Yoga is a lamp lit from within the heart and soul of the person practicing. It is also passed along or shared teacher to student, yogi to yogi. Once lit, we can perceive what is shadow and what is real, dancing with the shadows into the light all with alertness and trust. (Painting: Ed Pahr)
Patanjali sutra 2.46 Sthirasukhamasanam
Asana must have the dual qualities of alertness and relaxation. In all areas of our life, Sthira and Sukha, firmness with compassion or sweetness are good principles to apply… not just to buying fruit but to enjoying the fruits of yoga, pranayama and finding the sweet, firm stillness of meditation and being present for the gift of each and every moment.
Sthira is defined as steadiness ness and alertness. Sukha is relaxation or the sweetness when we release effort. Both are part of Yoga. One of the many definitions of Hatha Yoga is the yoga of force. We know that to move into any position, it is necessary to exert some effort. Some action must be taken. When we meet with obstacles it depends upon our state of perception as to whether we need to relax back , perhaps practice more or find another way or to exert a little extra effort to overcome. The last is generally more dangerous than the first because often when we meet our obstacles, they are both physical and mental often with an emotional component as well so we go to war with our selves. A primary principle of yoga is Ahimsa, non violence . Often we find that by standing still and observing the right action is revealed. Sometimes, it even allows the apparent obstacle to soften or yield so that we come into relationship other than adversarial with that part of ourselves. This is very sweet.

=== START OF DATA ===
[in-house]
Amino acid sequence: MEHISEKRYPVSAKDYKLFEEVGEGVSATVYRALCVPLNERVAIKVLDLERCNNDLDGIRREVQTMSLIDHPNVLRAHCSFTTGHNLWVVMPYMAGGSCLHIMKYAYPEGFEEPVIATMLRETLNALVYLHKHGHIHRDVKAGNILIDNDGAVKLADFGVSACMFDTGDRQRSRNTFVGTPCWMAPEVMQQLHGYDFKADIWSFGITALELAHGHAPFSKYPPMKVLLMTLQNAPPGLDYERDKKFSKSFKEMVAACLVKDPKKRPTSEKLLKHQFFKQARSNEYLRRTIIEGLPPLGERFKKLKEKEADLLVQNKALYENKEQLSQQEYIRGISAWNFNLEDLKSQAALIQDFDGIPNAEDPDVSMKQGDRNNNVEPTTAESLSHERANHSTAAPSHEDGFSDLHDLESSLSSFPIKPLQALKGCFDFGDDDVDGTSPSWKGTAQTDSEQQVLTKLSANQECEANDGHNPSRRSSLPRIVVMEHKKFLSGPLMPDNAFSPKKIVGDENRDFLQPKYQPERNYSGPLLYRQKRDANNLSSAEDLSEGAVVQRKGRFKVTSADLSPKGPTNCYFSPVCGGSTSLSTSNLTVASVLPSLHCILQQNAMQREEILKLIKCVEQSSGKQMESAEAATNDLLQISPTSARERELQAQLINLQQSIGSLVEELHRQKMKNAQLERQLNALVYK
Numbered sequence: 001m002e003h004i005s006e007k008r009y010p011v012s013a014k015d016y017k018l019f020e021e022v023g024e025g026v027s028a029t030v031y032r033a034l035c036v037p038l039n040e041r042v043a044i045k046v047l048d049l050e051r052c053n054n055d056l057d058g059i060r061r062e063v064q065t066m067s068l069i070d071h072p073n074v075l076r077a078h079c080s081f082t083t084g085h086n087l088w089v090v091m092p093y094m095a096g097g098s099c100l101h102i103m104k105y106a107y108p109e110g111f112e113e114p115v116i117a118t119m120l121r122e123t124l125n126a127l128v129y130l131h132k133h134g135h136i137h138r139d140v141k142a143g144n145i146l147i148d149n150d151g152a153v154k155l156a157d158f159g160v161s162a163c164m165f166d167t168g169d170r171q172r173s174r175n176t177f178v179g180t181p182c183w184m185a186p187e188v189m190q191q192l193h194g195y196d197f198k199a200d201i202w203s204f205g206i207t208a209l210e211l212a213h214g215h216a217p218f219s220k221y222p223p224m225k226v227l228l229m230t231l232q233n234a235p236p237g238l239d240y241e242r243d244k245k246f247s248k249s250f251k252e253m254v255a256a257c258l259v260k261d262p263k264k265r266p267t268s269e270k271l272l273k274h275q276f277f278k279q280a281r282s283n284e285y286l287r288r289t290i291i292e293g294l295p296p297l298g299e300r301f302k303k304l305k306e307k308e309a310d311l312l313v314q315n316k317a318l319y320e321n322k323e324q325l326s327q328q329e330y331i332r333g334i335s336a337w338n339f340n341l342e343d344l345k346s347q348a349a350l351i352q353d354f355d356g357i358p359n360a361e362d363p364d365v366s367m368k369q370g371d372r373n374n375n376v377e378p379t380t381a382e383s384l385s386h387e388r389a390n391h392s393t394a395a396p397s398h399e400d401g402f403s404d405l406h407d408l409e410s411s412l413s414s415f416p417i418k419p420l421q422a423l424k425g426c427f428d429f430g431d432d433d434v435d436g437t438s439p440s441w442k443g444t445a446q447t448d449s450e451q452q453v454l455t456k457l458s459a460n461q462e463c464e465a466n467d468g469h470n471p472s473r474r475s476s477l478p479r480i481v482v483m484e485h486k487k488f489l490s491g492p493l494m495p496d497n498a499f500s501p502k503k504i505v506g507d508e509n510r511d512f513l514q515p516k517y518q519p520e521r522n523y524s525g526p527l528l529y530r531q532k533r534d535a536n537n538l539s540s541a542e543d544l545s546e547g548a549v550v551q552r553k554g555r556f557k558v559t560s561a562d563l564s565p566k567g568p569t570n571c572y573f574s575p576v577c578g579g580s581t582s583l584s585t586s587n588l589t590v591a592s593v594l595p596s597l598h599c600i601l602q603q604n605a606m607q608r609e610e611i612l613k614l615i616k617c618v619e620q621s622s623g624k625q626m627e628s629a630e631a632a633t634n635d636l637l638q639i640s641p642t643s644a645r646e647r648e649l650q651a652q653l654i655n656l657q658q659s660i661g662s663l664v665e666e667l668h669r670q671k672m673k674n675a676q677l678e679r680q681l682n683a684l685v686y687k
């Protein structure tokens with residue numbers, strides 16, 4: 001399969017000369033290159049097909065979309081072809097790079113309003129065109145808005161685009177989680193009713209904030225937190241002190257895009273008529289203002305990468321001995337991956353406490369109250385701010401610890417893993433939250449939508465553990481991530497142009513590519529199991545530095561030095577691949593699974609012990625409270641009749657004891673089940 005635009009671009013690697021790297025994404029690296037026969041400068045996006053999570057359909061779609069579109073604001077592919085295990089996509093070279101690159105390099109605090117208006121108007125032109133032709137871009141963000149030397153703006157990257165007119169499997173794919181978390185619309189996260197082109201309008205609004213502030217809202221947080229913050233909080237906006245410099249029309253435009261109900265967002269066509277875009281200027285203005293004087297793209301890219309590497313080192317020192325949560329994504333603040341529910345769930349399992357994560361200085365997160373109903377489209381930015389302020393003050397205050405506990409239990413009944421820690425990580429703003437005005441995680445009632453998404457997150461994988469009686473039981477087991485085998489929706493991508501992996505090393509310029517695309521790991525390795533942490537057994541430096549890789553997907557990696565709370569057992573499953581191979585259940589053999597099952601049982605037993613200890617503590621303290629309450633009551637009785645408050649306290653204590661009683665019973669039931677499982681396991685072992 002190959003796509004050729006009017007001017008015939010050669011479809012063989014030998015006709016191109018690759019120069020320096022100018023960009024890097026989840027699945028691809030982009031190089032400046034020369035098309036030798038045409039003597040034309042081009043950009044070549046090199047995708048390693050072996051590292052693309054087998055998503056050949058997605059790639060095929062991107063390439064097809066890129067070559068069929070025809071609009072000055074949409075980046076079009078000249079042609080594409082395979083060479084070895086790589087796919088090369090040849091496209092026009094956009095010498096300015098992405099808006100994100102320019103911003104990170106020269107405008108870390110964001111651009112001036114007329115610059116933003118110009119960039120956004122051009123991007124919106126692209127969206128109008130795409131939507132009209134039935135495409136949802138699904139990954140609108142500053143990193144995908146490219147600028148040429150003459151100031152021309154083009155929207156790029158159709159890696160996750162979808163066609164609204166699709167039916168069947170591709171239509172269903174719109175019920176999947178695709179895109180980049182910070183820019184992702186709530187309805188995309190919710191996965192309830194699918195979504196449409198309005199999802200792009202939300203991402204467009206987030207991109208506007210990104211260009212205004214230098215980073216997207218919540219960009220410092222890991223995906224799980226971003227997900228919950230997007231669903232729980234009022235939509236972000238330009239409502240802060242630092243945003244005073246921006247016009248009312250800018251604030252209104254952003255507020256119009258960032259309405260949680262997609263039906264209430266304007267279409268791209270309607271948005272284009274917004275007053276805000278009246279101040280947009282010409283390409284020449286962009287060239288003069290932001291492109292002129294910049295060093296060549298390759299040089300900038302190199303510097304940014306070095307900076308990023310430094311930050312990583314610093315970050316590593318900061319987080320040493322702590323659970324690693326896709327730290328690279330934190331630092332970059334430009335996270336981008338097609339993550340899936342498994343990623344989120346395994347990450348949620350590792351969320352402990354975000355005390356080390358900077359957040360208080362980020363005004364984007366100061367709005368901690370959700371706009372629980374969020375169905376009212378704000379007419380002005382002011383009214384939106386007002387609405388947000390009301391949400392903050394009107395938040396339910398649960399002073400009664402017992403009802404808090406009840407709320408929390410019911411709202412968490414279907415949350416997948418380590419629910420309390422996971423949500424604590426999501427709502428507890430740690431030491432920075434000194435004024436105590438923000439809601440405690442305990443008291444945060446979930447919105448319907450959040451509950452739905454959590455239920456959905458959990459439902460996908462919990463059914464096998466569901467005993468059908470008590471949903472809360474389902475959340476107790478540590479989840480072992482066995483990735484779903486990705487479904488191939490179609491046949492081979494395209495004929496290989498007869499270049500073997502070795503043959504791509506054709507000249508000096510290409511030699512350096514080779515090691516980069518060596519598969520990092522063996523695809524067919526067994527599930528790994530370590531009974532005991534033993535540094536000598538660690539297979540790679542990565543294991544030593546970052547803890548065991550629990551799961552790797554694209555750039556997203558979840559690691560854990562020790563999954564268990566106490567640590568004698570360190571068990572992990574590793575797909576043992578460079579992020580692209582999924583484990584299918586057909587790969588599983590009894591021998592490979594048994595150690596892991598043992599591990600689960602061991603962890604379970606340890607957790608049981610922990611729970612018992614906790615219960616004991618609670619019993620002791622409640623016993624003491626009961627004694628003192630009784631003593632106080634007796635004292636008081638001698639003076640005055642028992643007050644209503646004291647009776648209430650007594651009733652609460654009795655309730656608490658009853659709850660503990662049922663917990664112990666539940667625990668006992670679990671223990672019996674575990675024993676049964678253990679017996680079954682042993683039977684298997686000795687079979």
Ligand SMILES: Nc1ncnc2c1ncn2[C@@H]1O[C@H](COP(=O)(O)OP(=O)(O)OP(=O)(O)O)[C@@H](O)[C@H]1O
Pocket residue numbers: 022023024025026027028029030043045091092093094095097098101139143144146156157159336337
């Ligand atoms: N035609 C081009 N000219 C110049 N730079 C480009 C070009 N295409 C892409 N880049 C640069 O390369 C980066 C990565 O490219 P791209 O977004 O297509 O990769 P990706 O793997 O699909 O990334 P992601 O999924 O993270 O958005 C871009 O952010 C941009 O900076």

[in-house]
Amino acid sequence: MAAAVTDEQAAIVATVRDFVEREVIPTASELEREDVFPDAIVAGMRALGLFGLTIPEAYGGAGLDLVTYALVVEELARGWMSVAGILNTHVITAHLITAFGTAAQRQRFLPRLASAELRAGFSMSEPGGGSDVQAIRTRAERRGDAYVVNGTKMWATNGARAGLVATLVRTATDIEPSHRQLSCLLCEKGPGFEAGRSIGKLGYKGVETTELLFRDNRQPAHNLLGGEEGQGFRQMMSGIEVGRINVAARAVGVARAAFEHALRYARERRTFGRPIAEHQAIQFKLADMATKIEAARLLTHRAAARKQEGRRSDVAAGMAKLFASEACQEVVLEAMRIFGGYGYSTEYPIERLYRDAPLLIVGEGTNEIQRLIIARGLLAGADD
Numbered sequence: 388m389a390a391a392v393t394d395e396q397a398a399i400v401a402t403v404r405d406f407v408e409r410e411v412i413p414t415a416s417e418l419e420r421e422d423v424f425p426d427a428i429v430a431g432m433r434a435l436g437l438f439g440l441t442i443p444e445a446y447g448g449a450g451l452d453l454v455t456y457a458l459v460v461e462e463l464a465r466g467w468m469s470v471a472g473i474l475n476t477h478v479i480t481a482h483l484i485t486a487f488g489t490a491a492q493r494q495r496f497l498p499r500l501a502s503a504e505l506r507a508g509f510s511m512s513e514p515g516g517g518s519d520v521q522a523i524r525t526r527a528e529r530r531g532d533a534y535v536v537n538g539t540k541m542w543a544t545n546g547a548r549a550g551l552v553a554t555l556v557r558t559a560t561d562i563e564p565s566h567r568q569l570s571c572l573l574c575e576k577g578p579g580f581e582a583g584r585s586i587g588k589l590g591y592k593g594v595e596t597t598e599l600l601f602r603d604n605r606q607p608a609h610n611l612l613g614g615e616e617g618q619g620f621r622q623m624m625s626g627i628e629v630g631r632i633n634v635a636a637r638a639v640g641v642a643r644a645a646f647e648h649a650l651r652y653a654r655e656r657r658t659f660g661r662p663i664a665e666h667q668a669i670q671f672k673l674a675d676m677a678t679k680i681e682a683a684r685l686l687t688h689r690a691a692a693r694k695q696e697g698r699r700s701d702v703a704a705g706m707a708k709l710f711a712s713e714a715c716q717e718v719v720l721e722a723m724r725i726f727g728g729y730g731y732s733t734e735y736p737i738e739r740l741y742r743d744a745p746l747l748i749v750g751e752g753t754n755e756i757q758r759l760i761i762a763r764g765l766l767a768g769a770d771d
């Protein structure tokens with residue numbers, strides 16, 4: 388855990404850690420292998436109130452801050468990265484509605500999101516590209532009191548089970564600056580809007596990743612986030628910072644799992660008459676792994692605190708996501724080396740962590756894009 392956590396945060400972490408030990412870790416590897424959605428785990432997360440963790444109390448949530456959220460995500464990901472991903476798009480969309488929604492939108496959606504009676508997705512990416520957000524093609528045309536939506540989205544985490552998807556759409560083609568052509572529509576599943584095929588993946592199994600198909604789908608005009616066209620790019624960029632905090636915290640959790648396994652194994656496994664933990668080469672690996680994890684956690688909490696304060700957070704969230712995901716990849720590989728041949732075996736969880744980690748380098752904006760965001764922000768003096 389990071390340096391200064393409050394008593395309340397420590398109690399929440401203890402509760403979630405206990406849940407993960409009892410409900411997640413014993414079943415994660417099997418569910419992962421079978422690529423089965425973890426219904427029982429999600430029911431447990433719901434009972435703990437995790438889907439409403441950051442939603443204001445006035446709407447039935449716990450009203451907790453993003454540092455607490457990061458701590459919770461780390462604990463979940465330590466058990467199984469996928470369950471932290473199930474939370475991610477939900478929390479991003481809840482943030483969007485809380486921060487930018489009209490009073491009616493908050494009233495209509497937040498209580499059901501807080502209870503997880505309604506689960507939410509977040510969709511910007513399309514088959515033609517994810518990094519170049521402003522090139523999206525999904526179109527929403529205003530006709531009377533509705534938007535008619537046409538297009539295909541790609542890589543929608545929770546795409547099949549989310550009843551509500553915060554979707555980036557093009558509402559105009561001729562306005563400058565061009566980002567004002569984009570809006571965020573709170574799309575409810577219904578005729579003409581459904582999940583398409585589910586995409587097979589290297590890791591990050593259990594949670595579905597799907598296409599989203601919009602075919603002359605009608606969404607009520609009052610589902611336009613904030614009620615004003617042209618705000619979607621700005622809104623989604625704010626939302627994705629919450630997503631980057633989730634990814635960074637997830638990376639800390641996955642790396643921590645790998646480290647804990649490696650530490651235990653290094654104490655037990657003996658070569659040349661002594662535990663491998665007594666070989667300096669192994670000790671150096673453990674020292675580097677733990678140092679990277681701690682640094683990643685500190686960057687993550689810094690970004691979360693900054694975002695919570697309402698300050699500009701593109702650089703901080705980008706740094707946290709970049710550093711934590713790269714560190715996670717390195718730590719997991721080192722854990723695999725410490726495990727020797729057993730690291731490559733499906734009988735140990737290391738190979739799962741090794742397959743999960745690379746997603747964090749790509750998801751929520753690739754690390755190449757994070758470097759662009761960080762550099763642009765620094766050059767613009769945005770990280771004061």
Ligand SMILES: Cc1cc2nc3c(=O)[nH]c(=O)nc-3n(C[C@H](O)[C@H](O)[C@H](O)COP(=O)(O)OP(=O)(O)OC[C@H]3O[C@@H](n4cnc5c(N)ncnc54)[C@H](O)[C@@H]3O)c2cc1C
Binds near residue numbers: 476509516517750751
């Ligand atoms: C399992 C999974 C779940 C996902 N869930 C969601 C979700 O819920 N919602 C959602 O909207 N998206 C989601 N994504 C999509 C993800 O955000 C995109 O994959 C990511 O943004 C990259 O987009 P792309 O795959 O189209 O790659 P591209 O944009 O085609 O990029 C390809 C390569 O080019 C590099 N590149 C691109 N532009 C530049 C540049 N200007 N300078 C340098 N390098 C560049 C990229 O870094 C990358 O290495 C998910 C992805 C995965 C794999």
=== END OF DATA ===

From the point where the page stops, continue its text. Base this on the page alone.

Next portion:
In teaching this principle I was reminded that succo in Italian is the juice of the fruit. It got me thinking that the fruit is best picked when it is still firm but not hard, when the flesh of the fruit yields a bit to the touch the fruit will be juicy and sweet. Just so in our yoga practice to get the Sukha, the sweetness of balance between effort and release. The word Sthira brings to mine stirare, to iron out the wrinkles . In a certain sense we must be firm yet gentle, have just the right amount of heat in order to stirare our wrinkles. Our joints tend to stiffen and creak when there’s not enough juice and muscles need to have the wrinkles, or kinks ironed out to lengthen and support as well as being able to either tense or relax as needed to move or be still and know that “I am…” But still, not to take ones’s self too seriously, we had a good laugh because of my pronunciation when students asked me if I meant zucca, or pumpkin. Well, I was talking about the light within and we do often scare ourselves with the faces we make or see and the masks we wear so maybe that’s another lesson for All Hallow’s Eve, we come in all shapes and sizes but all have a light within.